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Building Your Own Lightbox

By: J.A.J Aaronson - Updated: 8 Sep 2010 | comments*Discuss
 
Light Box Tent Building Build Your Own

Photography equipment of any sort can be very expensive. This is particularly true of 'specialist' or higher-end gear; once a photographer begins to require anything more specialised than an 'amateur' camera, they will find that the costs rise dramatically.

What is a Light Box?

Light boxes are comparatively specialised pieces of equipment - however, they are also cheap and easy to build. In the first instance, it should be noted that the term 'light box' can actually be used to describe two different things: a light box can either be an illuminated platform for viewing transparencies, or it can be a cube-like structure used to light small objects for still photography. This article will deal with the second of these two definitions, as light boxes used for transparencies are becoming progressively less widely used as digital photography continues to grow in popularity.

In the sense in which we are interested, light boxes (also known as 'light tents') are used to photograph small objects while eliminating the possibility of casting shadows. Lighting small objects for still photography can pose problems, as the strength of a direct light can obscure details. Light boxes help to ease this problem by acting as a three-dimensional soft box; light is directed through fabrics to reduce its intensity.

Building the Structure

Light boxes are surprisingly easy to build, and require little specialist equipment. The structure is simple - all that is needed is a sturdy cuboid structure over which some fabric can be stretched, a background can be draped, and at which lights can be aimed. This can be achieved quite easily using a cardboard box of a suitable shape. One face of the box should be entirely removed, leaving space for the camera. Large holes should be cut in each of the other faces, but not in the bottom of the box.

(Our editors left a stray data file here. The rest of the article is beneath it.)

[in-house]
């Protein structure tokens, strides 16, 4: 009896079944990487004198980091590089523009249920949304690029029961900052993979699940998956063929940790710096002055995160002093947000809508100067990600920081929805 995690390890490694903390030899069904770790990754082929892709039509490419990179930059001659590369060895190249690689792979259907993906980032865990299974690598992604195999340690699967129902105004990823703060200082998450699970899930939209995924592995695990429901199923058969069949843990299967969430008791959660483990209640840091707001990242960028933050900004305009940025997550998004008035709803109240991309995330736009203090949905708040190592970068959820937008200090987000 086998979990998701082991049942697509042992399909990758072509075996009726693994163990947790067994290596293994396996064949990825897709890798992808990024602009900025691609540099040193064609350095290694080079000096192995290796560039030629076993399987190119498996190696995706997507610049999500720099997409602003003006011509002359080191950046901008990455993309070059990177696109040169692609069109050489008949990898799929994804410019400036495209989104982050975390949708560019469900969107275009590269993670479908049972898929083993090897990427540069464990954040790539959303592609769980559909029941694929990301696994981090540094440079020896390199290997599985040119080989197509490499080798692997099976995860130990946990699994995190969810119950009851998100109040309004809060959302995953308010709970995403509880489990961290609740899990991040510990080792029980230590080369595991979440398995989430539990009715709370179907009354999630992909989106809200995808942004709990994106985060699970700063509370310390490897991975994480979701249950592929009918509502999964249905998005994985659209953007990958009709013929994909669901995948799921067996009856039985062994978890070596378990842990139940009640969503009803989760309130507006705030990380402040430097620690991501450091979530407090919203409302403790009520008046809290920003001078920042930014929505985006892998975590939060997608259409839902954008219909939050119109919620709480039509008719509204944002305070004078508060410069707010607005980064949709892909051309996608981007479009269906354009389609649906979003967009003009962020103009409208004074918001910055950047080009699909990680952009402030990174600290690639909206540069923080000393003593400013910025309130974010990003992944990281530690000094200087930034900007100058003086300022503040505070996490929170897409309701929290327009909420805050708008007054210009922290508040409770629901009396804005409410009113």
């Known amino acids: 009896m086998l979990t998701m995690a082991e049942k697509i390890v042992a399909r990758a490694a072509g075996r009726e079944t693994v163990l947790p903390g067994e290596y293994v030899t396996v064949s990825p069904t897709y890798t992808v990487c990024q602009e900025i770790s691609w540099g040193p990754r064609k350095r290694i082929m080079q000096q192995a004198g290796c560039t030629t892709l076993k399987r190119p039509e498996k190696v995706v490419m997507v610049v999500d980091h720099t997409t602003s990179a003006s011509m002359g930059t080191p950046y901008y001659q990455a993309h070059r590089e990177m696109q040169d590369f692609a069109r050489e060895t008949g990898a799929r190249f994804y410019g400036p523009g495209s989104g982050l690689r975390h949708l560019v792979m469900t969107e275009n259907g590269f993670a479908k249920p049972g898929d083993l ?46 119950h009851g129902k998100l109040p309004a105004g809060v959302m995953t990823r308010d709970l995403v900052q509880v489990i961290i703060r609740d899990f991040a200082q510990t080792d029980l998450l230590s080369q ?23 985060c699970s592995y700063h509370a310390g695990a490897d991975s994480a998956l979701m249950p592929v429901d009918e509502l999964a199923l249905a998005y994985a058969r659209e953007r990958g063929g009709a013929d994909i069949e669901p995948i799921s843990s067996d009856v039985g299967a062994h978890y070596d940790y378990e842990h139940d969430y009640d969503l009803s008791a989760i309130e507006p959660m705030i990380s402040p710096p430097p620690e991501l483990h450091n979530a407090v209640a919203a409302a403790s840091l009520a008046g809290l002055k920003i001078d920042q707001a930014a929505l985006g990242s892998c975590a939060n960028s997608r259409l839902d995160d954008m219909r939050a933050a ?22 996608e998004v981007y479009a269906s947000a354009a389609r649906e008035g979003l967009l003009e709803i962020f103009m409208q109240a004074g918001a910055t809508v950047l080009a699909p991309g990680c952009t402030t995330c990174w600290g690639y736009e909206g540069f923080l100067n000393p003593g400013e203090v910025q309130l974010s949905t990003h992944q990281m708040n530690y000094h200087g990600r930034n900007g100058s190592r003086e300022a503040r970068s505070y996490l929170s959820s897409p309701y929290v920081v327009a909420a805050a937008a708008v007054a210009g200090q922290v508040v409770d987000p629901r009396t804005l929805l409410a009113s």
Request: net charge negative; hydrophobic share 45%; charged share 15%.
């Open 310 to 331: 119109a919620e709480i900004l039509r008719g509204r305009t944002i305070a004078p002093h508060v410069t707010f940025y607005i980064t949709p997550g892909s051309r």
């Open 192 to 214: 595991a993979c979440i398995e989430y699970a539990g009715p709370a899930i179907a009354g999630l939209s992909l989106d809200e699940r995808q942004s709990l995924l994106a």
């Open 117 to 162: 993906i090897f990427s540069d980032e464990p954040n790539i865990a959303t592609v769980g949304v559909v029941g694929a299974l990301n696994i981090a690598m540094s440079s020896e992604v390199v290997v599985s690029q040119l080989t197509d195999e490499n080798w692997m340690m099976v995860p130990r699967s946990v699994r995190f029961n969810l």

You should now have the 'skeleton' of your original box. You will require some translucent white fabric, which should be draped across the inside of the faces into which you have cut holes. The fabric on at least one of these faces should be long enough to also cover the bottom of the box. It is important that all of the separate pieces of fabric are of precisely the same colour, in order to ensure a continuous background in your photographs. Furthermore, the staples or tape with which you fasten the fabric should be attached to the outside of the box in order that it does not appear in shot.

Lighting

One of the most significant benefits of light boxes of this type is that specialist lights are not required. Rather, regular desk lamps with halogen bulbs will be sufficient as their direction through the fabric will produce a soft, effective light. 50 or 75 watt halogen bulbs tend to produce the best results. It should be remembered, however, that it will probably be necessary to adjust the colour temperature settings on your camera in order to ensure that accurate colours are captured. Details of colour temperature can frequently be found on the bulb itself; if this is not the case, you may have to experiment with different settings in order to ensure that your shots are properly white balanced. Further information on colour temperature and white balancing is available elsewhere on this site.

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